Macronutrients

Macronutrients are the main nutrients that make up the foods we eat. There are three, and you’ve probably heard of them before:

  • Carbohydrates
  • Protein
  • Fat

Most foods contain a mixture of more than one macronutrient, but are generally classified as the one they contain most of.

Carbohydrate

Many people immediately think of breads, pasta, rice and potatoes when someone says carbohydrate, and they’re not wrong, but many other foods are carbs too:

  • Breads, rice, pasta, oats, quinoa, couscous
  • Starchy vegetables (potatoes, corn and pumpkin)
  • All other vegetables (broccoli, lettuce, tomato, carrot, peas)
  • Beans and pulses (chickpeas, baked beans, lentils)
  • Some dairy foods such as milk and yoghurt
  • Fruit
  • Sugar and honey

Carbohydrates are our bodies’ preferred source of energy, so this macronutrient should make up a lot of our diet.

rsz_1 (1)

Protein

Protein is mostly used in our body to build and repair muscle and tissue, but has many other important functions as well. Protein foods include:

  • Meat and meat products (beef, chicken, lamb, pork or kangaroo)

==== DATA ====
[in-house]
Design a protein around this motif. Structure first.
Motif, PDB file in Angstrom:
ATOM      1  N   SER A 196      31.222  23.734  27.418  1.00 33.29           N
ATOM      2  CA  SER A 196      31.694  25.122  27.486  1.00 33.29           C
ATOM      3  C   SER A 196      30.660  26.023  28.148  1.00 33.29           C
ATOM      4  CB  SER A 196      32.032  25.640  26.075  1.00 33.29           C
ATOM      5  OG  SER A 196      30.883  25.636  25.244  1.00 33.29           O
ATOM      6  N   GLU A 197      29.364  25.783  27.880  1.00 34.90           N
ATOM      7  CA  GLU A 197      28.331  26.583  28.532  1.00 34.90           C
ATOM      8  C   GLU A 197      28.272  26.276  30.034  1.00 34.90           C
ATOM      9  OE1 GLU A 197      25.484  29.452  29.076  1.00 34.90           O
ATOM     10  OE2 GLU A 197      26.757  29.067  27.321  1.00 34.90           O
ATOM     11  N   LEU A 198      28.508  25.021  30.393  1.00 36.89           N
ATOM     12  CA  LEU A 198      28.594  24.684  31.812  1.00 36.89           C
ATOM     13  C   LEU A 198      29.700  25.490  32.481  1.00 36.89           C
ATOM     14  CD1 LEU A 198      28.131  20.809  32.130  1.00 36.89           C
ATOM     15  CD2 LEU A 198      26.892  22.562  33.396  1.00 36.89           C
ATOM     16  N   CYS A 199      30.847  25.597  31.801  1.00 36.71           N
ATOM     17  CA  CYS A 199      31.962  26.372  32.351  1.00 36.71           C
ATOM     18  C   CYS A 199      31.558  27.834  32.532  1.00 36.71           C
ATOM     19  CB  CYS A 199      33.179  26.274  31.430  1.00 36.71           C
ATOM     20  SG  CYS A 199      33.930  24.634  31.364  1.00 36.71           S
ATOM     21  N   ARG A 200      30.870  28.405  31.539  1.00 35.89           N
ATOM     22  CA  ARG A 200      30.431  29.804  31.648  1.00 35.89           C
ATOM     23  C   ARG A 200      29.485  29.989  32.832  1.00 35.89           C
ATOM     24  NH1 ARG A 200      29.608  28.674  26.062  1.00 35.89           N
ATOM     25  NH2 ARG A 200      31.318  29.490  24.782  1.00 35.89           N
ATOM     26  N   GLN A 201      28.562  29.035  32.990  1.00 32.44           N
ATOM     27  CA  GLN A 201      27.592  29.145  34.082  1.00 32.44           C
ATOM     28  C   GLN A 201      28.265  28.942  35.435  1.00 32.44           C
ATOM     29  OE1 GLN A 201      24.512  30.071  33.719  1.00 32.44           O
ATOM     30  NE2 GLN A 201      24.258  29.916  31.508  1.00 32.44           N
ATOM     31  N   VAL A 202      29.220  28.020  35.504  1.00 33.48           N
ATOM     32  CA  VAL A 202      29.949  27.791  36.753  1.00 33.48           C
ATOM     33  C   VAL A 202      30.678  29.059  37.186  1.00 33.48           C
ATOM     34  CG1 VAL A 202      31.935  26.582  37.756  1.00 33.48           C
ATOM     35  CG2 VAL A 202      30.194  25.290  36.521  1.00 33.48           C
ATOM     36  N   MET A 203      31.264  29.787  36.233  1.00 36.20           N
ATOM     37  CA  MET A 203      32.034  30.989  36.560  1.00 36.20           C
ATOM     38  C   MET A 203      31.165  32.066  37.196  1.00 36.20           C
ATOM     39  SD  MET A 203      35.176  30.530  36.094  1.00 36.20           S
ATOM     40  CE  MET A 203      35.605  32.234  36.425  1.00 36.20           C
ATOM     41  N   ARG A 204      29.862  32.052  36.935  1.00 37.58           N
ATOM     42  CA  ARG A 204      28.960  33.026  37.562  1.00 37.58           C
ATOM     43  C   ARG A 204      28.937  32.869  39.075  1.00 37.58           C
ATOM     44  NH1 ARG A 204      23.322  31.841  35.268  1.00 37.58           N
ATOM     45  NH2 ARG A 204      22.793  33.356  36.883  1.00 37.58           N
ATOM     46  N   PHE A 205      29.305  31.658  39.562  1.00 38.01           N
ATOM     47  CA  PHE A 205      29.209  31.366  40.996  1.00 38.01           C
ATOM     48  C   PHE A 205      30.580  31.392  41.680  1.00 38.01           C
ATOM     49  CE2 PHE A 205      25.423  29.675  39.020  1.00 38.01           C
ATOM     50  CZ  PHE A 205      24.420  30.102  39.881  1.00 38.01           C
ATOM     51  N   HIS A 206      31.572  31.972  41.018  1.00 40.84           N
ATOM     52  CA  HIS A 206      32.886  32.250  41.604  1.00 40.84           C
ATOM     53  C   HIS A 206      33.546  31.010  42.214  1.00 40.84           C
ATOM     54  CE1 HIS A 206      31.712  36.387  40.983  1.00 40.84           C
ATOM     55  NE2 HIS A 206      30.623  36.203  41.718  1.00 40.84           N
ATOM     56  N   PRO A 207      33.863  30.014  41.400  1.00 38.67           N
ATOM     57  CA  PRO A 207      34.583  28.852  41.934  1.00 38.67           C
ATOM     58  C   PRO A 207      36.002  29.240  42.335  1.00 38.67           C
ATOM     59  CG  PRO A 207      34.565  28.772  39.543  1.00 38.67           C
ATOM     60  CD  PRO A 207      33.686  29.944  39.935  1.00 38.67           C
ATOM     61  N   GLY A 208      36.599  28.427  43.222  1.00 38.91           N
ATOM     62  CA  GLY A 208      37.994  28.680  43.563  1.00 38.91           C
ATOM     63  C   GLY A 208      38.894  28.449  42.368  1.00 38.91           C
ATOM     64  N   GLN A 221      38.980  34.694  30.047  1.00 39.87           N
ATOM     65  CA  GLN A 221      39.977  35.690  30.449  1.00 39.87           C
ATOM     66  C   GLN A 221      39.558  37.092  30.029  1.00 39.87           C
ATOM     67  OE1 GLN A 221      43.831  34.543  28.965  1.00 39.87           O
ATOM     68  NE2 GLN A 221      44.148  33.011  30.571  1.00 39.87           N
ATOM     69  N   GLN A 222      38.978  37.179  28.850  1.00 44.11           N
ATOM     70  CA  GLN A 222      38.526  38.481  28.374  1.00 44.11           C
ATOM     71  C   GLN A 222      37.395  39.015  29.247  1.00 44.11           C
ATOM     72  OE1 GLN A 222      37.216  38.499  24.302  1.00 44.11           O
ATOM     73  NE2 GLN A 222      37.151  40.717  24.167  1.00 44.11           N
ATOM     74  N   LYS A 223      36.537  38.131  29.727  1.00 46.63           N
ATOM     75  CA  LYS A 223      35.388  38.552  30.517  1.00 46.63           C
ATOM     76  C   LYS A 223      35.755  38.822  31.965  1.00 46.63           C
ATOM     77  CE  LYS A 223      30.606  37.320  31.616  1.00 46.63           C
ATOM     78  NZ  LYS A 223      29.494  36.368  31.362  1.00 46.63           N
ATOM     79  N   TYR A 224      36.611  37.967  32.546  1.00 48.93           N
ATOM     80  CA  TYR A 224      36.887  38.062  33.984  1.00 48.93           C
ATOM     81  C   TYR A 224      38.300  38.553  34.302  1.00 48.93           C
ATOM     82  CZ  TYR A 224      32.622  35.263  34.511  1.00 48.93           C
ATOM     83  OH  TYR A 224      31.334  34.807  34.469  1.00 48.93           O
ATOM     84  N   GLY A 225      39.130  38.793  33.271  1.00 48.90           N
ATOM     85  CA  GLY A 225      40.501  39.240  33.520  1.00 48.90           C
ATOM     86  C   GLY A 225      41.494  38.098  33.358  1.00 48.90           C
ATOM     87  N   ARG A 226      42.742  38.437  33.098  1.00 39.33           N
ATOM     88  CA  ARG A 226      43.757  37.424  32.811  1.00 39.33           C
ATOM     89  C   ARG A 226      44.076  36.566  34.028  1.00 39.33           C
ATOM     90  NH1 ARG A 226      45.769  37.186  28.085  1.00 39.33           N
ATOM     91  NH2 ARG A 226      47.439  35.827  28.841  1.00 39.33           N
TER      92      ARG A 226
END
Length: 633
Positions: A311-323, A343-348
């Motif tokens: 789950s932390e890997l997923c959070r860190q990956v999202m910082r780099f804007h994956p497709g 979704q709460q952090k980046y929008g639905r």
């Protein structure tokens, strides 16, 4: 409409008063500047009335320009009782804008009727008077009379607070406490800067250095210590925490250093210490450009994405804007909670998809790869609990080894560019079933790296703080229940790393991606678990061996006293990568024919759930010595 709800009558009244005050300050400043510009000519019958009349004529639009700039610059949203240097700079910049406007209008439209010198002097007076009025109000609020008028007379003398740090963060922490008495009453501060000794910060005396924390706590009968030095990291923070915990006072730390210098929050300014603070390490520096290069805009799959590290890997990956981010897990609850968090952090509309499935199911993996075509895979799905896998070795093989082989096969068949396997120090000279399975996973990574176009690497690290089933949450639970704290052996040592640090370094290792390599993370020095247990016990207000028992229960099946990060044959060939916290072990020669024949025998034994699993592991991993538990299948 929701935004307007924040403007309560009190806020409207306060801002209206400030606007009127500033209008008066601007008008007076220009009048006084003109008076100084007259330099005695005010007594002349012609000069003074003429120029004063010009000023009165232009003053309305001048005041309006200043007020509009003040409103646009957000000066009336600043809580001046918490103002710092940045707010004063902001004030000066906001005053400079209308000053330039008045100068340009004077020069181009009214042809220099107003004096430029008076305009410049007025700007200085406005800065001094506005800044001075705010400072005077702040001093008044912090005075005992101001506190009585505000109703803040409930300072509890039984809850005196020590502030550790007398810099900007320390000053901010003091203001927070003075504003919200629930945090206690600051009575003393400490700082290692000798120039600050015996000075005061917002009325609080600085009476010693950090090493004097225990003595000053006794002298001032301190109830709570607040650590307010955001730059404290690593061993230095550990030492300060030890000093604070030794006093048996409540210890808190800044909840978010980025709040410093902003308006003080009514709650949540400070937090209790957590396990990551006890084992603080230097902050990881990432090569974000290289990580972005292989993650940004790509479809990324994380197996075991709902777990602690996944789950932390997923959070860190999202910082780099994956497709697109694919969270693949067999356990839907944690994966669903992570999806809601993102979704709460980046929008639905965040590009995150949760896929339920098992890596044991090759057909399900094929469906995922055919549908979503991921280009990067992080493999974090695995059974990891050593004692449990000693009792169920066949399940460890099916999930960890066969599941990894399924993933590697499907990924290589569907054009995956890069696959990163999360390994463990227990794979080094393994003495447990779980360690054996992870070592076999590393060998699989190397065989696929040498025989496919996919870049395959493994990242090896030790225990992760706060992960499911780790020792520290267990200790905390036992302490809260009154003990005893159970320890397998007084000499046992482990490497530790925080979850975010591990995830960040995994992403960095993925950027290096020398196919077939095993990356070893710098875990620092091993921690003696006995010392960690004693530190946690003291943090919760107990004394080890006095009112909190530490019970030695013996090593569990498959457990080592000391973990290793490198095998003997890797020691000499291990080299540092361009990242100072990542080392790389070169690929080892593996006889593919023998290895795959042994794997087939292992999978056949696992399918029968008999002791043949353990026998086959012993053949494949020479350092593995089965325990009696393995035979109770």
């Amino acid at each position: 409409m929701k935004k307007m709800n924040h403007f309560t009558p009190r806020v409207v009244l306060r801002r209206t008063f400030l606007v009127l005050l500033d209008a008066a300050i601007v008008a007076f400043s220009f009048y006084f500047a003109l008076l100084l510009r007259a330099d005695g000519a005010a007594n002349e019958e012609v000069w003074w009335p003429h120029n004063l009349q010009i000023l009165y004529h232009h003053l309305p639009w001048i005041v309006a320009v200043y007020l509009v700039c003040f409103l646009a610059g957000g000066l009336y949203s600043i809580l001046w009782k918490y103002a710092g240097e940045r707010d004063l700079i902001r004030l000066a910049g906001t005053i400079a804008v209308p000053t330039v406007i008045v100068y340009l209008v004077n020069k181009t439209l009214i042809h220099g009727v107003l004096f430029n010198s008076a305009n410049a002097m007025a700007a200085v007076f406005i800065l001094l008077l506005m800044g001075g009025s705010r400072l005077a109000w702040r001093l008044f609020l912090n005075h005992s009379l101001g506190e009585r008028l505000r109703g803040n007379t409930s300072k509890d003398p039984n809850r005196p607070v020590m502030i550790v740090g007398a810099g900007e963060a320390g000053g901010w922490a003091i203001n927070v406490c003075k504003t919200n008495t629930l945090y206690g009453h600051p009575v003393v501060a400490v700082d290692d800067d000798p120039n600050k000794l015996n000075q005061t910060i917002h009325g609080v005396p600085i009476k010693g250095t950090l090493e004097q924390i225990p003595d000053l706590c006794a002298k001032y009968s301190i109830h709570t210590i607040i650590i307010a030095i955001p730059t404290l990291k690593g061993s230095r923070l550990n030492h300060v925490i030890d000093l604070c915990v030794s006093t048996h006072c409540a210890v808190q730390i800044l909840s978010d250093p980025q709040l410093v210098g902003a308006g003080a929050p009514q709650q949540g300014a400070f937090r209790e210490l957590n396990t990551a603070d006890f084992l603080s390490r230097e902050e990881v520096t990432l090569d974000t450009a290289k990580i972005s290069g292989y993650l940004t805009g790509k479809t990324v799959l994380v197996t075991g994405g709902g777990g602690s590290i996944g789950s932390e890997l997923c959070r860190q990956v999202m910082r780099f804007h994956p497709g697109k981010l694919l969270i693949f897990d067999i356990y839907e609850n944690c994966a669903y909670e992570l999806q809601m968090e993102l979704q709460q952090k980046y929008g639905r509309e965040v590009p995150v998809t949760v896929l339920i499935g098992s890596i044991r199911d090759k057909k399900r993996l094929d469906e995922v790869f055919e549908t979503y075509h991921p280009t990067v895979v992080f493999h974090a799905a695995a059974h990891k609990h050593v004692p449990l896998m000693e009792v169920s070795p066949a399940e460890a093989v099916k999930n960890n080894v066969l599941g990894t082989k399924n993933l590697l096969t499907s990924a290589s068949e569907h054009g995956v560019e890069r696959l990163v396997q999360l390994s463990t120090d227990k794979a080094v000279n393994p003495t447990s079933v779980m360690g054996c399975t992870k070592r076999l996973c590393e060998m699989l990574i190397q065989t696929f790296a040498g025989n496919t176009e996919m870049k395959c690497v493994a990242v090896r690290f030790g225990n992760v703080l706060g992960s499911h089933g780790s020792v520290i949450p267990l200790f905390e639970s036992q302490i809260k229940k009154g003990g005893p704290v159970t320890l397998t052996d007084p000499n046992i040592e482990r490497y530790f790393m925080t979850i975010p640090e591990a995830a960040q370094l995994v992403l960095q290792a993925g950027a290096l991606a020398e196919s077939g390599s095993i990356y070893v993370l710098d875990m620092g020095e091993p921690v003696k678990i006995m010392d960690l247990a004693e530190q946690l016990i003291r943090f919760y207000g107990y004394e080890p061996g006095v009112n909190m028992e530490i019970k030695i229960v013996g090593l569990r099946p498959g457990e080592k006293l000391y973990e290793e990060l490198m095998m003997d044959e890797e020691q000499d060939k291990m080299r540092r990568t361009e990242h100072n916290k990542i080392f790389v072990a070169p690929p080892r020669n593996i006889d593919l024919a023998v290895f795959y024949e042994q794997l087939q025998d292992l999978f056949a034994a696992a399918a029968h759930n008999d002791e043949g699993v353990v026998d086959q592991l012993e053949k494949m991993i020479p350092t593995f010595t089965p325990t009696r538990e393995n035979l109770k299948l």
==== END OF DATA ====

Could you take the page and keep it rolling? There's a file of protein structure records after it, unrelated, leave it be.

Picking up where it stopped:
• Fish and seafood
  • Eggs
  • Dairy food such as milk and yoghurt (also carbohydrate)
  • Beans and pulses (also carbohydrates)
  • Nuts (also fats)
  • Soy and tofu products

rsz_2 (1)

 

Fat

Fats have been given a bad name, but they too are an important part of our diet. They’re used by the body as energy, storage for vitamins, for production of hormones and as protection for our organs. There are different types of fats:

Saturated

These should be limited, but not necessarily avoided. If eaten in large amounts they can be bad for your heart health. They are found in:

  • Meat fat
  • Butter
  • Full fat dairy products
  • Coconut oil and products
  • Peanut oil, palm oil and cottonseed oil
  • Our occasional foods such as chips, biscuits and cake

Swapping to reduced-fat dairy, and trimming the fat off your meat before cooking it are good ways to reduce your saturated fat intake.

Unsaturated

We should aim to include more of these fats in our diet, as they have the opposite effect to saturated fats, and can be beneficial for your heart health. They are found in:

  • Fish
  • Nuts
  • Avocados
  • Vegetable oils (olive, canola, sunflower, rice bran)

rsz_13

rsz_14 (1)

 

Sources:

Thomas, B and Bishop, J., 2007, Manual of Dietetic Practice, 4th Ed, Australia